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44. Comics Illustrator of the Week :: Noah Van Sciver

















Cartoonist Noah Van Sciver has been crafting his own special brand of throwback indy comix since the mid-2000’s. His one man anthology, Blammo, is up to issue #9, and it would fit quite comfortably between classic Eightball’s & Yummyfur’s on the funny book racks! It was with Fantagraphics’ critically acclaimed anthology series, Mome, that Noah started to reach a wider audience, and soon after that his first graphic novel would be published; The Hypo: The Melancholic Young Lincoln. Van Sciver was born in New Jersey, but has lived in Denver, CO for most of his adult life, where his oft times publisher Kilgore Books & Comics is located.

AdHouse Books recently published a collection of his comics titled Youth is Wasted, and Fantagraphics has 2 more upcoming projects with Noah in 2015: Saint Cole & Fante Bukowski.

Noah has been nominated multiple times for an Ignatz Award(which is sort of like an Oscar for Small Press comics…), and has had his work featured in the prestigious Best American Comics annual.

You can check out more of Noah Van Sciver’s comics like his day-to-day “Diary Comics”, and other serialized stories on his tumblr site here.

For more comics related art, you can follow me on my website comicstavern.com - Andy Yates

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45. Interview with JaNay Brown-Wood and Hazel Mitchell, creators of Imani’s Moon

One of the fun things of being friends with illustrators is getting sneak-peaks at art spreads before the book is published. I fell in love with this story back last Christmas when Hazel was busy working on the front cover, … Continue reading

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46. Miriam Toews: The Powells.com Interview

Some people are compelled by a restlessness from within; others are shaped by the unwieldy forces around them. In Miriam Toews's poignant new novel following two sisters raised in a small Canadian Mennonite community, siblinghood is a bond strengthened by this dynamic. Elf is now a world-famous concert pianist with a happy marriage, while her [...]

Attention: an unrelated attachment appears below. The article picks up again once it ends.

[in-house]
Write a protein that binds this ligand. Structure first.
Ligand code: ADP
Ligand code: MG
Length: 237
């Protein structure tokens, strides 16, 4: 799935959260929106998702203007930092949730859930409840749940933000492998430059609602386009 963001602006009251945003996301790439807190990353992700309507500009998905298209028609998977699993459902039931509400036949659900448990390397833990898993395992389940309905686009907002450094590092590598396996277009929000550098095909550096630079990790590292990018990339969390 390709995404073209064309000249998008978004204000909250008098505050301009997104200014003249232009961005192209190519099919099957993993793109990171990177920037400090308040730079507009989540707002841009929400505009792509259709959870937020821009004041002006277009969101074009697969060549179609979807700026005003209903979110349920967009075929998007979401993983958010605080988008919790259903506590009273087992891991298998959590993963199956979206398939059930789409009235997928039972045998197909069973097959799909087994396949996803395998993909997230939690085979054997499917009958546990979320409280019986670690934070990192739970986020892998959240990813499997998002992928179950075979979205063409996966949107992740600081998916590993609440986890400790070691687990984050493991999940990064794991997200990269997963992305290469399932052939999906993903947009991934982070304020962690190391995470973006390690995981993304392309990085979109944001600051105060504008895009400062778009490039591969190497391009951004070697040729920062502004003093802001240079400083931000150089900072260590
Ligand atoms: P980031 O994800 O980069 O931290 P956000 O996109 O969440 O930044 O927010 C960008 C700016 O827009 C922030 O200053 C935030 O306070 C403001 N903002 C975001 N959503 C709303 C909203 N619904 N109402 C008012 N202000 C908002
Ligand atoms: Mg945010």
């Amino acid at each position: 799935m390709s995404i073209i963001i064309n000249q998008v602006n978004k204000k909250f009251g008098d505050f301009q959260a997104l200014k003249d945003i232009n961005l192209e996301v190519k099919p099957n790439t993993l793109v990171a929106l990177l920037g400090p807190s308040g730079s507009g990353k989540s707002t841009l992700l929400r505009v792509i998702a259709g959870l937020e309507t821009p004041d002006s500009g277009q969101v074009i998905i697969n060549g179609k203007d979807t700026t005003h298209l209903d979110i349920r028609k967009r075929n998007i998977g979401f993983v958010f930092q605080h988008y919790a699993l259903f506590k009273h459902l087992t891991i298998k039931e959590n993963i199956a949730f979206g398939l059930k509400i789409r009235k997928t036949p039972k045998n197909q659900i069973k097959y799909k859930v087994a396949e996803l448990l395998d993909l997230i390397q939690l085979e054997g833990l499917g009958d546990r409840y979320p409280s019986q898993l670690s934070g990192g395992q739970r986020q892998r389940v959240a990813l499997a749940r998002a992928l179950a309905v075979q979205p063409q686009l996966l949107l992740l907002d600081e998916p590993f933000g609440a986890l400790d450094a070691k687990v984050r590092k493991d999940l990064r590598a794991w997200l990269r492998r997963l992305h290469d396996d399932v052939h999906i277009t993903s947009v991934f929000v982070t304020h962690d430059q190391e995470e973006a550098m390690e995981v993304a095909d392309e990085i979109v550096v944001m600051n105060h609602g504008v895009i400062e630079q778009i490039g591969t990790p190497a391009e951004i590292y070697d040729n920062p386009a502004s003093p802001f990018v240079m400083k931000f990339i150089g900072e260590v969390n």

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47. Interview: Michael McDermott on Cooking His “Imaginary Drugs”

I was lucky enough to come across the Kickstarter for indy anthology Imaginary Drugs earlier this year. I received my PDF copy a few months ago and it was an entertaining, eclectic piece of comic book entertainment with a wide variety of talented writers, artists, colorists and letterers. IDW even ended up picking it up and is releasing an expanded version of the softcover in January. Here’s the solicit for that:

Imaginary Drugs is a 208 page comics anthology coming from IDW in January and is currently available for preorder: TPB • FC • $24.99 • 208 pages • ISBN: 978-1-63140-198-5. After running a successful Kickstarter campaign in January of this year and printing a 700 copy self-published print run, the creators behind the endeavor are teaming up with IDW Publishing to provide Imaginary Drugs to comic shops, bookstores and finer bodegas the world over. The book will also feature an additional 40 pages of brand new comics content exclusive to the IDW release and not available in the self pubbed volume.
1069955 10201013684098572 1669184917 n Interview: Michael McDermott on Cooking His Imaginary Drugs

Art by Jonathan Brandon Sawyer and Christine Larsen.

I wanted to learn more about the trip of Imaginary Drugs from its beginning to today, so I spoke to one of the men behind it, Michael McDermott. I talked to him about everything from his beginning with the Small Press Commandos community, the creation of Imaginary Drugs, Kickstarter success and the upcoming release from IDW. Enjoy this interview with writer and editor Michael McDermott.